“The Xinjiang railway administrative departments will stop selling tickets on all passenger services leaving Xinjiang, and also for intraregional services, from Oct. 22, 2018,” the newspaper reported.
“A separate announcement will be made regarding when ticket sales will be resumed,” it said.
Meanwhile, several anonymous sources in the XUAR gave anecdotal evidence to RFA suggesting that the authorities are preparing to move large numbers of prisoners in and out of the region in the coming weeks, estimating that as many as 300,000 inmates could be transported across Xinjiang’s road and rail networks.
“The prisons are overflowing all across Xinjiang, that’s one reason [for the ticket sales ban],” an anonymous source told RFA. “The other reason is secrecy; because a lot of the people in the camps, such as the police, the administrators or the workers … have connections with the local population.”
“Some of the staff in the jails have close relatives who have been locked up there, and they leak information to the outside world,” the source said.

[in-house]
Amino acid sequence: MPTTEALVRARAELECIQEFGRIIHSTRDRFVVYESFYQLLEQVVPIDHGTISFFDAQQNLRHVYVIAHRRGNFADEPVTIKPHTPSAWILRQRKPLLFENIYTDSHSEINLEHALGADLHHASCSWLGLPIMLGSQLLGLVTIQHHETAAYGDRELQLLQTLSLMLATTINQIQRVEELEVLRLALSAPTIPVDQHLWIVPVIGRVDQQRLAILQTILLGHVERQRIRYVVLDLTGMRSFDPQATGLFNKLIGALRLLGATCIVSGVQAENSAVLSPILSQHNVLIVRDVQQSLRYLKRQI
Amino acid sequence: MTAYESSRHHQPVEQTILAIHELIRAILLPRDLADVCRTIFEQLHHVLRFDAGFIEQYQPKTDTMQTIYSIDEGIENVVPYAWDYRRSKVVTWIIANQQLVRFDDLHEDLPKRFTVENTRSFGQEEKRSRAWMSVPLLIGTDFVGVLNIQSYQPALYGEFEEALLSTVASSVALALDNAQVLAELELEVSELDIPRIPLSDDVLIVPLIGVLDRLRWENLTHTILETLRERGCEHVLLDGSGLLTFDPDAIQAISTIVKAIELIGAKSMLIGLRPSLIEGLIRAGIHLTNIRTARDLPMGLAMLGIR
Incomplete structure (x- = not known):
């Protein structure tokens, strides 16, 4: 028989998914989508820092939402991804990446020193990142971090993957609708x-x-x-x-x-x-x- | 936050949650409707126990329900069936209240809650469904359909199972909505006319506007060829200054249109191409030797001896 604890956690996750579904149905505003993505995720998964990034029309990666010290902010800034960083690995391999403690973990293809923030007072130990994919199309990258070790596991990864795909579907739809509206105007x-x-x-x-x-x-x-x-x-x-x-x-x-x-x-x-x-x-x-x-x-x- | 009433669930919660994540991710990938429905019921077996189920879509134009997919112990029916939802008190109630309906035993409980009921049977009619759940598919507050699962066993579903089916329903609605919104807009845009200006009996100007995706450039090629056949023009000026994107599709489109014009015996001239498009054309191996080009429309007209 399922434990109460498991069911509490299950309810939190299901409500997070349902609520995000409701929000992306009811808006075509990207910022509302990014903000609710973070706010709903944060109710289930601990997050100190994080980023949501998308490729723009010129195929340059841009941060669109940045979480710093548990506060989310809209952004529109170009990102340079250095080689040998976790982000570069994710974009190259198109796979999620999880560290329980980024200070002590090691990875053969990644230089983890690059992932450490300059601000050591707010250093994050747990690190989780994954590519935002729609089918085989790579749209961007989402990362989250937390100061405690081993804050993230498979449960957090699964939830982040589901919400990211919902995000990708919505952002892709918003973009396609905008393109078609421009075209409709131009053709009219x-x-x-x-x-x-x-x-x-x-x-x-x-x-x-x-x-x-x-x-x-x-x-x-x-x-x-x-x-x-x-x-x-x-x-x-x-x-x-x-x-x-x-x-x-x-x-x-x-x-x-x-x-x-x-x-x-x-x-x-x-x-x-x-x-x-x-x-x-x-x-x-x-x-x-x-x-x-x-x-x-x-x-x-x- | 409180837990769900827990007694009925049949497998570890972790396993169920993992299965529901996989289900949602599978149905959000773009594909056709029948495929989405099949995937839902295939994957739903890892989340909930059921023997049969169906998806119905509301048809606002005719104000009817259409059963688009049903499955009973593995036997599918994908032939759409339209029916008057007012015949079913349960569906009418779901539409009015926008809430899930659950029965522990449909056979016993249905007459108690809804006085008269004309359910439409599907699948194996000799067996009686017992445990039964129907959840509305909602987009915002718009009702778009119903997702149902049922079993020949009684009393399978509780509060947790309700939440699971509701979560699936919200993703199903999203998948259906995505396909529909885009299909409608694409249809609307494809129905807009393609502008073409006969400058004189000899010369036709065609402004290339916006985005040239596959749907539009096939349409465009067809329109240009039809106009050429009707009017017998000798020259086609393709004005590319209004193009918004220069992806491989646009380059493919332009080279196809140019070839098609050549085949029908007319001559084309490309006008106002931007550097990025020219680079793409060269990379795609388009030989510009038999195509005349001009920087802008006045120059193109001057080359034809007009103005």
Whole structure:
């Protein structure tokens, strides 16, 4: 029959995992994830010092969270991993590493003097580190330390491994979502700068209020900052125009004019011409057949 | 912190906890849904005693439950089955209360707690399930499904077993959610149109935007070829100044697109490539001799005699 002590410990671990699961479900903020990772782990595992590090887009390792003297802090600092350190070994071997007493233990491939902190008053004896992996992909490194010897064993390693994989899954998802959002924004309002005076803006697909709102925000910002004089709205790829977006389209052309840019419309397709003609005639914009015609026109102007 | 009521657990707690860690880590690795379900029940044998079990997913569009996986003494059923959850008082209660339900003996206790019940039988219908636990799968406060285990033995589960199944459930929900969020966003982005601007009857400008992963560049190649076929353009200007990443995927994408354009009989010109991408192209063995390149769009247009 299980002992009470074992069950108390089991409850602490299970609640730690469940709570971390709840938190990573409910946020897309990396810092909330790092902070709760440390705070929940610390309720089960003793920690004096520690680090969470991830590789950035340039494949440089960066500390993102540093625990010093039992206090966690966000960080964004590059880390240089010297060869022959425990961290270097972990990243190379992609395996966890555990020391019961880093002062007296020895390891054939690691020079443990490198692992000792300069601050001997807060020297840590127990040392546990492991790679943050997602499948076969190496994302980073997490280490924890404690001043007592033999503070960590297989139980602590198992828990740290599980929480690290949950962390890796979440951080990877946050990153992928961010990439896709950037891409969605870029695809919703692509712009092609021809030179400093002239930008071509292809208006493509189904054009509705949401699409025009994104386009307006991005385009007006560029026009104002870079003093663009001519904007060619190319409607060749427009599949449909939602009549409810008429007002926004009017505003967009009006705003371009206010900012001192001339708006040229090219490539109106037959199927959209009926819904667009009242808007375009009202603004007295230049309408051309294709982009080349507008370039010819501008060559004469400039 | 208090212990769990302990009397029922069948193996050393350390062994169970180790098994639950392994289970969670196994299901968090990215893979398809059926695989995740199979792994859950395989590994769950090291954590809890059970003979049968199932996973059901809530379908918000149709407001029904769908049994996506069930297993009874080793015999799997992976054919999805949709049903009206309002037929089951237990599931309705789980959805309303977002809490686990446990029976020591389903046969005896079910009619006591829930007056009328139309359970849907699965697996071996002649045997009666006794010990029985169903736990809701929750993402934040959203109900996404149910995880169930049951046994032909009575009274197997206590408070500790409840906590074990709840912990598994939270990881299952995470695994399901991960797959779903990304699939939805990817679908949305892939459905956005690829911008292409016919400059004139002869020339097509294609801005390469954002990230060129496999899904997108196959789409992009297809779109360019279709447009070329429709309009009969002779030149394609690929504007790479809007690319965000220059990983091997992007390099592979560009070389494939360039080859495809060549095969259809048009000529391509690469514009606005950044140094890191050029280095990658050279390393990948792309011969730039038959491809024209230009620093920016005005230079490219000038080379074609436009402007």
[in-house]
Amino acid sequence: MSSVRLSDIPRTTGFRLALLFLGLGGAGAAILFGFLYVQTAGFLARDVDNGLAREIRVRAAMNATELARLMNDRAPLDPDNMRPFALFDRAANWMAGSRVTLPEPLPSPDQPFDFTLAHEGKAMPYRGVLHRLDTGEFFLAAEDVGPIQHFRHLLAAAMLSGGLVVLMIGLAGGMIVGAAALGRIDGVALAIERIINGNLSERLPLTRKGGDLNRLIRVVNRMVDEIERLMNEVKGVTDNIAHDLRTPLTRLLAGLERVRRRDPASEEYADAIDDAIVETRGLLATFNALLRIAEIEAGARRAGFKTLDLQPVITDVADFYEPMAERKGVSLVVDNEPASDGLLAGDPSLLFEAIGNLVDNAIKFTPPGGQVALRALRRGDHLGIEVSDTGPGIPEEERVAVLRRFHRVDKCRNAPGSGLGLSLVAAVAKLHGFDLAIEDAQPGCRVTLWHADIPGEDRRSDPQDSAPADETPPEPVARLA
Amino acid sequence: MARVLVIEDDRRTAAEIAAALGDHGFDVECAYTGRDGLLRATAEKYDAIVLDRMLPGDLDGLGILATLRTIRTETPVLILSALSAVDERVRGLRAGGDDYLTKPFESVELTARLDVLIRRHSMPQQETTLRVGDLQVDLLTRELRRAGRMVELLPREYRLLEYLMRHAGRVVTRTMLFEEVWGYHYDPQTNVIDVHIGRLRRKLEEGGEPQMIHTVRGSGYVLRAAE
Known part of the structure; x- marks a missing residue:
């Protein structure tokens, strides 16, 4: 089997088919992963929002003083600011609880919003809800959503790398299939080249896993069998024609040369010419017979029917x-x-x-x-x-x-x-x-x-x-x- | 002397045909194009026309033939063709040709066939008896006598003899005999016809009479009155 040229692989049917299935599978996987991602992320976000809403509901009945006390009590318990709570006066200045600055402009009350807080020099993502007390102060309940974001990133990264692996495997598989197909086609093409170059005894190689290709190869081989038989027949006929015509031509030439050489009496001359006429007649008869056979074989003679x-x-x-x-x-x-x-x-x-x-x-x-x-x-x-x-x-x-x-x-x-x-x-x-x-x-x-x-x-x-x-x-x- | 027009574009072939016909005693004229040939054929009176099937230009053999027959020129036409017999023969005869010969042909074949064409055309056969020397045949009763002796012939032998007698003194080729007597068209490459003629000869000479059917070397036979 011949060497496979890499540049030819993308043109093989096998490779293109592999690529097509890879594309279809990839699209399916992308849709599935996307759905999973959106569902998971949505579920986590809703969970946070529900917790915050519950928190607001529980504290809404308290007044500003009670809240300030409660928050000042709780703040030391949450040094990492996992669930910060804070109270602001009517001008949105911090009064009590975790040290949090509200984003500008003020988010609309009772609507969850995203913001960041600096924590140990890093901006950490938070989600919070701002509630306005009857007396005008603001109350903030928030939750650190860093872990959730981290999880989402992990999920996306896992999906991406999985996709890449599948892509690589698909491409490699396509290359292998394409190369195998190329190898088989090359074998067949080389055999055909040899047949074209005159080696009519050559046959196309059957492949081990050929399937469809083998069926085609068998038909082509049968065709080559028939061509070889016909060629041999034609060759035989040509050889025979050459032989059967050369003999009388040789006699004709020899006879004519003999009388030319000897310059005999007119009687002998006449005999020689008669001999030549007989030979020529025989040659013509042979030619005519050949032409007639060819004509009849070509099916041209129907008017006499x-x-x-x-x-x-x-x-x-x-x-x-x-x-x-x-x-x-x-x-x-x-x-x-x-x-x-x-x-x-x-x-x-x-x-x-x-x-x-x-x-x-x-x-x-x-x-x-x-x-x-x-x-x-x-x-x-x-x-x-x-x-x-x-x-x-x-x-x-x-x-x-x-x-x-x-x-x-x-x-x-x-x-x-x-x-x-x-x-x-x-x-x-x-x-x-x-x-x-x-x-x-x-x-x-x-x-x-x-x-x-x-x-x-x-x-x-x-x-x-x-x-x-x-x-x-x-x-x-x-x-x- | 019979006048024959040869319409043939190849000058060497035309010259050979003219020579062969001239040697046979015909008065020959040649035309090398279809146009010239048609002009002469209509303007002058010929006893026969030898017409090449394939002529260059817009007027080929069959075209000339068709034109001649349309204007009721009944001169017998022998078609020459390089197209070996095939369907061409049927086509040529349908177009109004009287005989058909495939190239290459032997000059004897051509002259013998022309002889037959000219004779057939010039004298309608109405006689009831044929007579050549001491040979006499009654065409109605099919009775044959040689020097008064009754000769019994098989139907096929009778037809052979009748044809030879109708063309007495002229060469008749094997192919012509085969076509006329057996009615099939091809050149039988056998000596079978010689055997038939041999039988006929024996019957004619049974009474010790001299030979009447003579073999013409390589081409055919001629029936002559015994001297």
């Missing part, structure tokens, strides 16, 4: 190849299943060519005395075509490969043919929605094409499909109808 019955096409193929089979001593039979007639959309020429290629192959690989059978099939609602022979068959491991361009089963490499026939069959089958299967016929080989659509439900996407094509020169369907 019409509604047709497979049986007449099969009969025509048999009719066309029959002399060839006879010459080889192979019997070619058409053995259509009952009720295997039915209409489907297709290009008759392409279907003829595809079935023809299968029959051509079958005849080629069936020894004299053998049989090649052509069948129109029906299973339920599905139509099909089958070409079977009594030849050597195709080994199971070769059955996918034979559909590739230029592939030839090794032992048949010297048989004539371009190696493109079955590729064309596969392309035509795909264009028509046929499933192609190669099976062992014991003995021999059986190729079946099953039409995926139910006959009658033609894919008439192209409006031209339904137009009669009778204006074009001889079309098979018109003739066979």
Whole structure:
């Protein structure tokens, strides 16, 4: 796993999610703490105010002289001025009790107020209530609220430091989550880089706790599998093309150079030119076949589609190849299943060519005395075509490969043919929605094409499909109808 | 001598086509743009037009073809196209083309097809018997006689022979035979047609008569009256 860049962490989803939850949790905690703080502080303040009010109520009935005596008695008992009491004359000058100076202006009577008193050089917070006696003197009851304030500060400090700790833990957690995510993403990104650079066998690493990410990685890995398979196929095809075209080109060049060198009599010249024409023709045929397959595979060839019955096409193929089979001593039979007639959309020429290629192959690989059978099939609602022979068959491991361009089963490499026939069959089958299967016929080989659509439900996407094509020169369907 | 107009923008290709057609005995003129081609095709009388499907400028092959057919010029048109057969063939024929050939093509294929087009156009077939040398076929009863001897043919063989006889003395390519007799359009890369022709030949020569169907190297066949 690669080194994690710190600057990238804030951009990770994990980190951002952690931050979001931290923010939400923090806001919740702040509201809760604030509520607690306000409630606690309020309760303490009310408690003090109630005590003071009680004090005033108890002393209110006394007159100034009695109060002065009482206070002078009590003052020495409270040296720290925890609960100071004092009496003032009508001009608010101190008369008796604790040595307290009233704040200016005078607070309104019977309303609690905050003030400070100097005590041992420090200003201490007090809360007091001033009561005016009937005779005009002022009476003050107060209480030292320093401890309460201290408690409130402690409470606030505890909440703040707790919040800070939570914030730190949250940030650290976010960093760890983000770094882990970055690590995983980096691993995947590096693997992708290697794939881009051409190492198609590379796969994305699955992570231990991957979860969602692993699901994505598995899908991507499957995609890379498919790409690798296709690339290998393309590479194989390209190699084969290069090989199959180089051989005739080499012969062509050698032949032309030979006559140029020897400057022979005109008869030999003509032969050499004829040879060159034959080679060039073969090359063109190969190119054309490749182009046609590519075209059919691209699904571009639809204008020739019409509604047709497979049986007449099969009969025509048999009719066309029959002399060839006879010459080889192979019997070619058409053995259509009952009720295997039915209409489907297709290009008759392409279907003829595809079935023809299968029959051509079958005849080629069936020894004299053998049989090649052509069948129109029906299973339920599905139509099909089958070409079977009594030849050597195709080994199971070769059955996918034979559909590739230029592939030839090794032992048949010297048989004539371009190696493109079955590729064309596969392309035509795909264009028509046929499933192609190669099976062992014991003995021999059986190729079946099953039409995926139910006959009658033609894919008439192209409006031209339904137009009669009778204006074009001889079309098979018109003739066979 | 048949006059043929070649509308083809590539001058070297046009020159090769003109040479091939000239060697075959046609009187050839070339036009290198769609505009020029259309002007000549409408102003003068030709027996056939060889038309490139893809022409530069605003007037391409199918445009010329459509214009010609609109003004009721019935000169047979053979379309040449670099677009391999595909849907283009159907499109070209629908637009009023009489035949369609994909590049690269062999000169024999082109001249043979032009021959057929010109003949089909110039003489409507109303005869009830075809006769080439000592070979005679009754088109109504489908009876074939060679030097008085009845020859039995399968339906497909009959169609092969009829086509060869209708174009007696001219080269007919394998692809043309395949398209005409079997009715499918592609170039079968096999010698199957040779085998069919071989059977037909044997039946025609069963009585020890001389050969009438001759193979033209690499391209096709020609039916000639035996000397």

The same source said the authorities are stepping up efforts to impose an information blackout around the camps, many of which have been identified by online researchers using satellite imagery.
“There was a directive about strengthening management of the re-education camps,” the source said. “There are a lot of tangled relationships in the camps, with the friends, relatives and former colleagues of camp staff locked up in there.”
“They are now bringing in administrators from outside the local areas, and at the same time they are transporting the prisoners outside of their local area,” the source said.